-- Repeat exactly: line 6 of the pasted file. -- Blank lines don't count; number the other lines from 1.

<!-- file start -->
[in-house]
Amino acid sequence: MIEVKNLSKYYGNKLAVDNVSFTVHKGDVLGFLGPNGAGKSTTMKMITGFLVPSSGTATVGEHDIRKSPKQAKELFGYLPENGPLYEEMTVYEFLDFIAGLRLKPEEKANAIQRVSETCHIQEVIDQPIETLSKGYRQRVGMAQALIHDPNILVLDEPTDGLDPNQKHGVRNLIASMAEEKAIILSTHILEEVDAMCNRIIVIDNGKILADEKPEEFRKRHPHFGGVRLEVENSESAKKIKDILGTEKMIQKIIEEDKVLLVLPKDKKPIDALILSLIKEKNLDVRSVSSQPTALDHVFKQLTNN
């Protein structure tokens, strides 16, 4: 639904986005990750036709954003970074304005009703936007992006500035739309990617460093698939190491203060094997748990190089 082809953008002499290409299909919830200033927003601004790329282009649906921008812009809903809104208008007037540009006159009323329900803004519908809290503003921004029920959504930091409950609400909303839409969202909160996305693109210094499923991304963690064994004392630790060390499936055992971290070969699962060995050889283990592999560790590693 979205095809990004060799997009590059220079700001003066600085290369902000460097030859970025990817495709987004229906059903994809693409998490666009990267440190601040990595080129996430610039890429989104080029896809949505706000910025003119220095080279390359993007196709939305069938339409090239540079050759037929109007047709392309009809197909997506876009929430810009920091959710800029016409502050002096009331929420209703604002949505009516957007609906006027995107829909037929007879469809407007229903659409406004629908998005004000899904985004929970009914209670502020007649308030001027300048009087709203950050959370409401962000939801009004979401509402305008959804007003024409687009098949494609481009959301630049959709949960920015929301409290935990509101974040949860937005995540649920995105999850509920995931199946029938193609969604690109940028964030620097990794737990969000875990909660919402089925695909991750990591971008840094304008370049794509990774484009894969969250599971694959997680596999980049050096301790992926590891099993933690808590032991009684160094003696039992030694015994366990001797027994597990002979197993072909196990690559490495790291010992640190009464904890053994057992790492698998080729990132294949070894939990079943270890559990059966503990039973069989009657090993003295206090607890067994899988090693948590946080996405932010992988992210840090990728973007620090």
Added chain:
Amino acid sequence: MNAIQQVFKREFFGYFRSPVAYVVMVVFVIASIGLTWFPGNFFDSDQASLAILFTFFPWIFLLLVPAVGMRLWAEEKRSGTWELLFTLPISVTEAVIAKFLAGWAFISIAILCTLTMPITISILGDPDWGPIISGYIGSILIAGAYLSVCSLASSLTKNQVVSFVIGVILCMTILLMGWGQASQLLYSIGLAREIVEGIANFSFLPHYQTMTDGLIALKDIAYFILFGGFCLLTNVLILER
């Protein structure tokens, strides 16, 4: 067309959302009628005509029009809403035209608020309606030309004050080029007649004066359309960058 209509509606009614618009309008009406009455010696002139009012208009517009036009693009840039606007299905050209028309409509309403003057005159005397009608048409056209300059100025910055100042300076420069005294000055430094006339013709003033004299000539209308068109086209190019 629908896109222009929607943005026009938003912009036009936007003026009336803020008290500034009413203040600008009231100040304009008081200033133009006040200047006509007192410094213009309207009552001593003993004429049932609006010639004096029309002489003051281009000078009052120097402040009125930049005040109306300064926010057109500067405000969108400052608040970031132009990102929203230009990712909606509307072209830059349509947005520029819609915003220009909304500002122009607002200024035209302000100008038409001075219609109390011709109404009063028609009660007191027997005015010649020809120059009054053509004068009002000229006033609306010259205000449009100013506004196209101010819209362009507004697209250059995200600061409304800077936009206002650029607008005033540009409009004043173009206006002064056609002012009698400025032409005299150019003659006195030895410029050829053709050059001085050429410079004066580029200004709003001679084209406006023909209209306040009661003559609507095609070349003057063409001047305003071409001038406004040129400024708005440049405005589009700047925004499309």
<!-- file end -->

């Protein structure tokens, strides 16, 4: 067309959302009628005509029009809403035209608020309606030309004050080029007649004066359309960058 209509509606009614618009309008009406009455010696002139009012208009517009036009693009840039606007299905050209028309409509309403003057005159005397009608048409056209300059100025910055100042300076420069005294000055430094006339013709003033004299000539209308068109086209190019 629908896109222009929607943005026009938003912009036009936007003026009336803020008290500034009413203040600008009231100040304009008081200033133009006040200047006509007192410094213009309207009552001593003993004429049932609006010639004096029309002489003051281009000078009052120097402040009125930049005040109306300064926010057109500067405000969108400052608040970031132009990102929203230009990712909606509307072209830059349509947005520029819609915003220009909304500002122009607002200024035209302000100008038409001075219609109390011709109404009063028609009660007191027997005015010649020809120059009054053509004068009002000229006033609306010259205000449009100013506004196209101010819209362009507004697209250059995200600061409304800077936009206002650029607008005033540009409009004043173009206006002064056609002012009698400025032409005299150019003659006195030895410029050829053709050059001085050429410079004066580029200004709003001679084209406006023909209209306040009661003559609507095609070349003057063409001047305003071409001038406004040129400024708005440049405005589009700047925004499309």